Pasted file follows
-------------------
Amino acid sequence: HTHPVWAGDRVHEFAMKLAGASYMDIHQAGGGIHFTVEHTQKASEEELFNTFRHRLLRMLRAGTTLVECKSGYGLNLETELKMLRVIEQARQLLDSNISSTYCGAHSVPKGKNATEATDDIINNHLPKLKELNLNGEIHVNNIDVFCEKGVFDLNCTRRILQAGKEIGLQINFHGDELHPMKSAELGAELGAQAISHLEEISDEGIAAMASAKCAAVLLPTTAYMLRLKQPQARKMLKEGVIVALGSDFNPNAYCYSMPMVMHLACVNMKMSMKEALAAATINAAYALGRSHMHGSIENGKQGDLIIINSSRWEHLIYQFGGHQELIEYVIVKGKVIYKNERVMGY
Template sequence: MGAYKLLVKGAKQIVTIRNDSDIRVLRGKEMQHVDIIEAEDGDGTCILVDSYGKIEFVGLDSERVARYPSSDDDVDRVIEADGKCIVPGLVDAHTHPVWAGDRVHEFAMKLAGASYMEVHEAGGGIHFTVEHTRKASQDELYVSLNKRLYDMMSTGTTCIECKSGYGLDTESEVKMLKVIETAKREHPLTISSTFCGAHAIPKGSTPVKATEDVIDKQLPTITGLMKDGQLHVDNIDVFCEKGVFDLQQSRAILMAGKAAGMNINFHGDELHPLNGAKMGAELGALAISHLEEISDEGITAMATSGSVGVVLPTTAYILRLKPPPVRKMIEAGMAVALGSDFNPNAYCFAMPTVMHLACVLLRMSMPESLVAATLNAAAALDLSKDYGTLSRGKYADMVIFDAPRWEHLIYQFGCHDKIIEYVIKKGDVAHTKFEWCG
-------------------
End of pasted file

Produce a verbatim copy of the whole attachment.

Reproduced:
Amino acid sequence: HTHPVWAGDRVHEFAMKLAGASYMDIHQAGGGIHFTVEHTQKASEEELFNTFRHRLLRMLRAGTTLVECKSGYGLNLETELKMLRVIEQARQLLDSNISSTYCGAHSVPKGKNATEATDDIINNHLPKLKELNLNGEIHVNNIDVFCEKGVFDLNCTRRILQAGKEIGLQINFHGDELHPMKSAELGAELGAQAISHLEEISDEGIAAMASAKCAAVLLPTTAYMLRLKQPQARKMLKEGVIVALGSDFNPNAYCYSMPMVMHLACVNMKMSMKEALAAATINAAYALGRSHMHGSIENGKQGDLIIINSSRWEHLIYQFGGHQELIEYVIVKGKVIYKNERVMGY
Template sequence: MGAYKLLVKGAKQIVTIRNDSDIRVLRGKEMQHVDIIEAEDGDGTCILVDSYGKIEFVGLDSERVARYPSSDDDVDRVIEADGKCIVPGLVDAHTHPVWAGDRVHEFAMKLAGASYMEVHEAGGGIHFTVEHTRKASQDELYVSLNKRLYDMMSTGTTCIECKSGYGLDTESEVKMLKVIETAKREHPLTISSTFCGAHAIPKGSTPVKATEDVIDKQLPTITGLMKDGQLHVDNIDVFCEKGVFDLQQSRAILMAGKAAGMNINFHGDELHPLNGAKMGAELGALAISHLEEISDEGITAMATSGSVGVVLPTTAYILRLKPPPVRKMIEAGMAVALGSDFNPNAYCFAMPTVMHLACVLLRMSMPESLVAATLNAAAALDLSKDYGTLSRGKYADMVIFDAPRWEHLIYQFGCHDKIIEYVIKKGDVAHTKFEWCG